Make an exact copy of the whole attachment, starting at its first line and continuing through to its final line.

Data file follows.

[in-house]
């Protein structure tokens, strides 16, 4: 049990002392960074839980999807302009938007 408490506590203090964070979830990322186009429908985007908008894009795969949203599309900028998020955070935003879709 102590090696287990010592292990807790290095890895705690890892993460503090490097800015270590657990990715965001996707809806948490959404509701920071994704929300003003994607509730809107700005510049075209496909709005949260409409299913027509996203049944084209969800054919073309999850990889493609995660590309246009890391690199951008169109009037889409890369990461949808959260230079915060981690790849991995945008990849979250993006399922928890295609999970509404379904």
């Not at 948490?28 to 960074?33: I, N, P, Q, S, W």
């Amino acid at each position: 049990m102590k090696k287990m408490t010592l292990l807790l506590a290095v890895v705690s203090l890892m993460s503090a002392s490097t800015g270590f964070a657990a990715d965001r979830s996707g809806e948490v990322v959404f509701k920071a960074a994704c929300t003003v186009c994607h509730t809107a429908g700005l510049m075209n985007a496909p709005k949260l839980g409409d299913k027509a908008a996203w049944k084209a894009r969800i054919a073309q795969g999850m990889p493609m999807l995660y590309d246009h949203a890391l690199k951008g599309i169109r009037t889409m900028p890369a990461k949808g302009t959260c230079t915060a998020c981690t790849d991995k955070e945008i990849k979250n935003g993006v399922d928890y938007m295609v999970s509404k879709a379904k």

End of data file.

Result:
[in-house]
């Protein structure tokens, strides 16, 4: 049990002392960074839980999807302009938007 408490506590203090964070979830990322186009429908985007908008894009795969949203599309900028998020955070935003879709 102590090696287990010592292990807790290095890895705690890892993460503090490097800015270590657990990715965001996707809806948490959404509701920071994704929300003003994607509730809107700005510049075209496909709005949260409409299913027509996203049944084209969800054919073309999850990889493609995660590309246009890391690199951008169109009037889409890369990461949808959260230079915060981690790849991995945008990849979250993006399922928890295609999970509404379904």
């Not at 948490?28 to 960074?33: I, N, P, Q, S, W």
């Amino acid at each position: 049990m102590k090696k287990m408490t010592l292990l807790l506590a290095v890895v705690s203090l890892m993460s503090a002392s490097t800015g270590f964070a657990a990715d965001r979830s996707g809806e948490v990322v959404f509701k920071a960074a994704c929300t003003v186009c994607h509730t809107a429908g700005l510049m075209n985007a496909p709005k949260l839980g409409d299913k027509a908008a996203w049944k084209a894009r969800i054919a073309q795969g999850m990889p493609m999807l995660y590309d246009h949203a890391l690199k951008g599309i169109r009037t889409m900028p890369a990461k949808g302009t959260c230079t915060a998020c981690t790849d991995k955070e945008i990849k979250n935003g993006v399922d928890y938007m295609v999970s509404k879709a379904k």